The Australian Geographic Adventure guide to surfing

Just because you didn’t grow up riding on the front of your grandfather’s Malibu, doesn’t mean it’s too late to learn.
By Ryan Glen September 10, 2009 Reading Time: 3 Minutes Print this page

Pop up at almost any spot along the 36,000 km coast of Australia and you’ll likely see it lined with surfers of all walks of life. Get in and get wet.

Ryan Glen is the Deputy Editor of Waves magazine, putting pen to paper on all things surfing each month. This time he’s popped his expert advice through to us at Australian Geographic Adventure – right before jetting off to spend four weeks in the waves of Hawaii. Lucky bugger.

Top Tips

• Enrol in a surf school, and make sure they’re accredited. Log onto surfingaustralia.com.au to find out what’s available in your state or region.
• Watch the famed surf movie Point Break with Hollywood epic-hellman Patrick Swayze. Study the actor’s every move… and do the complete opposite.
• Waltz into your local surf shop and introduce yourself as a beginner. You’re going to ask these guys what waves, destinations and boards are best suited to your surf skills.
• Surf with a crowd. This minimises the chances of fatality if something goes wrong. Be wary of your surroundings. If it looks dangerous it probably is. Better articulated? Big waves mean big trouble. Visible big fish mean even bigger fish.
• Further onto the point above – know your limitations. Sit and study what’s going on. Don’t get tangled up in conditions you can’t handle.
• Be respectful of the local surfing culture. Every beach and surf spot has a ‘tribe’ mentality otherwise referred to as ‘localism’. This is mostly good, but occasionally very bad. You don’t want to upset the gatekeepers and cop a set of knuckles on your chin.
• Get the right board. It’s easiest to learn using a longboard (also known as a Malibu or mini-Malibu). The perfect length for your first surfboard can be measured by stretching your arms above your head – your fingertips should just reach the nose of the board.

Techniques

Straddling your board
Make sure you’re face down with your head toward the nose and that you’re nicely balanced. To centre yourself – position your elbow so that it’s bent outward and your fingertips are holding the nose of the board.
  
Wave selection
This is extremely important. You want to get the right wave; the ones with a clean unbroken face are the best. Stay close to the whitewash (power source). Seen the wave you want? Face the nose of your board toward the beach and paddle onto the wave. Begin to lean forward slightly, raising your chest, as you feel the wave lift your board.

Standing Up
As you feel the momentum of your surfboard begin to speed up and you no longer need to paddle, this is the time to stand. Grab the rails and push up quickly. Bring your knees up to your chest placing your feet on the board, one near the tail, the other just above midpoint, and stand side-on, keeping knees bent.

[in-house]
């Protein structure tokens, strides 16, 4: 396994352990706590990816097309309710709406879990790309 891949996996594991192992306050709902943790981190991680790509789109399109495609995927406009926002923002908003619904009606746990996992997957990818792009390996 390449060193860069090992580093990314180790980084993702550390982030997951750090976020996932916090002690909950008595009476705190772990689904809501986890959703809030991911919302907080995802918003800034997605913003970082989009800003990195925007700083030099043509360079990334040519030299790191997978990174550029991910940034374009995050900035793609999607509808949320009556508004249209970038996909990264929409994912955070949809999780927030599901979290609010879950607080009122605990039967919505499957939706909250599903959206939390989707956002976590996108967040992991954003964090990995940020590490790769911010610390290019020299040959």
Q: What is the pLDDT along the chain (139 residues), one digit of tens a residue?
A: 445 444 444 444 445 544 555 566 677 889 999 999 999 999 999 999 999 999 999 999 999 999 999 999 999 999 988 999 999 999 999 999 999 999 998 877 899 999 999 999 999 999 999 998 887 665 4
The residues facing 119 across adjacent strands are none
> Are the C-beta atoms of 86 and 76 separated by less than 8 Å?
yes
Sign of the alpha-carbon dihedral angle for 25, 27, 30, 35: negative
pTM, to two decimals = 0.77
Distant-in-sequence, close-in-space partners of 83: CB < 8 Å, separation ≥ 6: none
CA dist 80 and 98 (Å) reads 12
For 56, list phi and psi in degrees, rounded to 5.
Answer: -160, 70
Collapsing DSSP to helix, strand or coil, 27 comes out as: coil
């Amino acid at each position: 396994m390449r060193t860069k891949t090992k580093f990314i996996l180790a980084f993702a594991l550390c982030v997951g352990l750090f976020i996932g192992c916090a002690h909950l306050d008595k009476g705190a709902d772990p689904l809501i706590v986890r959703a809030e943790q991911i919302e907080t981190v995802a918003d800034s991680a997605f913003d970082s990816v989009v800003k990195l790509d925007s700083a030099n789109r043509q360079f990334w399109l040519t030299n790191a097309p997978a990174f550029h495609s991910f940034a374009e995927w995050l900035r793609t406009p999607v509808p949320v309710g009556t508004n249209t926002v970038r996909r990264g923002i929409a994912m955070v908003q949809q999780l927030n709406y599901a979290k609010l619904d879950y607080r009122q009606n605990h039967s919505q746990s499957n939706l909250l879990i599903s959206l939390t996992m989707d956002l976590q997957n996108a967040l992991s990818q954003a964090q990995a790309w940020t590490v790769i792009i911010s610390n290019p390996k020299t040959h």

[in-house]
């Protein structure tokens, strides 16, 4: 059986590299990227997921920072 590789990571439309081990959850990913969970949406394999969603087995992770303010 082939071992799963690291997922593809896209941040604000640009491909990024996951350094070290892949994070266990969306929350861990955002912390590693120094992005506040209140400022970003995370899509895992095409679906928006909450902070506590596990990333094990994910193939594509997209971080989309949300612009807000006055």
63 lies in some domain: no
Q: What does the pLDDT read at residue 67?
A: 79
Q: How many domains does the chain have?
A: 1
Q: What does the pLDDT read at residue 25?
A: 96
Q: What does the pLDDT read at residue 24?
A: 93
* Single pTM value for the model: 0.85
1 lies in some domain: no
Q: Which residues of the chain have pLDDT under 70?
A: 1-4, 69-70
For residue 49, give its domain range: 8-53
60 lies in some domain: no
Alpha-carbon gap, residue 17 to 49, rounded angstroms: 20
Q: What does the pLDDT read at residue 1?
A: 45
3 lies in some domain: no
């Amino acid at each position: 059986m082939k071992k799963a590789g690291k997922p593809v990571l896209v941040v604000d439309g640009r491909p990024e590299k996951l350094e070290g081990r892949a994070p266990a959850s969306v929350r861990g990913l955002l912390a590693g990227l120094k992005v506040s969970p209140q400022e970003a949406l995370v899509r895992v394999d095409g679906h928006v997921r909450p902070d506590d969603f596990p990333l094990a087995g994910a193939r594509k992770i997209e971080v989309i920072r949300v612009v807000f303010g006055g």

Glossary of Terms

Curl/Take Off Zone: This is regarded as the most powerful part of the wave (or the clean face nearest to the whitewash). Watch the waves – these terms are relevant whether the wave is breaking left or right.
Fade/Drop in: Whatever you do – don’t do this. This is basically when you catch a wave at the expense of another surfer who is closest to the curl or take-off zone.
Line-up: Describes what’s happening at a break in regards to conditions.
Natural/Goofy: The first is relevant to whether you surf the wave with your left foot forward and right foot at the base of the wave (going right). Vice versa for those who are goofy-footers, dude!
Ripping: This word is used to describe a surfer that’s performing above the normal standard. Used in the context, “That guy was ripping today.”
Rails: The two rounded sides of your board.

Hot Spots

1. Bondi Beach, Sydney, NSW
It may sound clichéd listing Australia’s most famous beach as a surfing spot but if you’re a beginner it’s actually a good choice. The number of tourists flocking here to learn mean the locals are used to it – just pick a day without big dumpers.
Where: 7 km east of Sydney
Website

2. Woorim Beach, Bribie Island, QLD
Not far from Brisbane, this beach has a nice lazy rolling break for beginners – not to mention the bonus of unspoilt beauty and a friendly local crowd.
Where: 70 km north of Brisbane
Website

3. Back Beach, Lancelin, WA
A natural bay protected by reefs and islands, Back Beach, just around the point from the small fishing town of Lancelin, offers up ideal learner conditions.
Where: 110 km north of Perth
Website

Equipment checklist

Surfboard (longboard/Malibu)
Wetsuit or rash vest
Sunscreen

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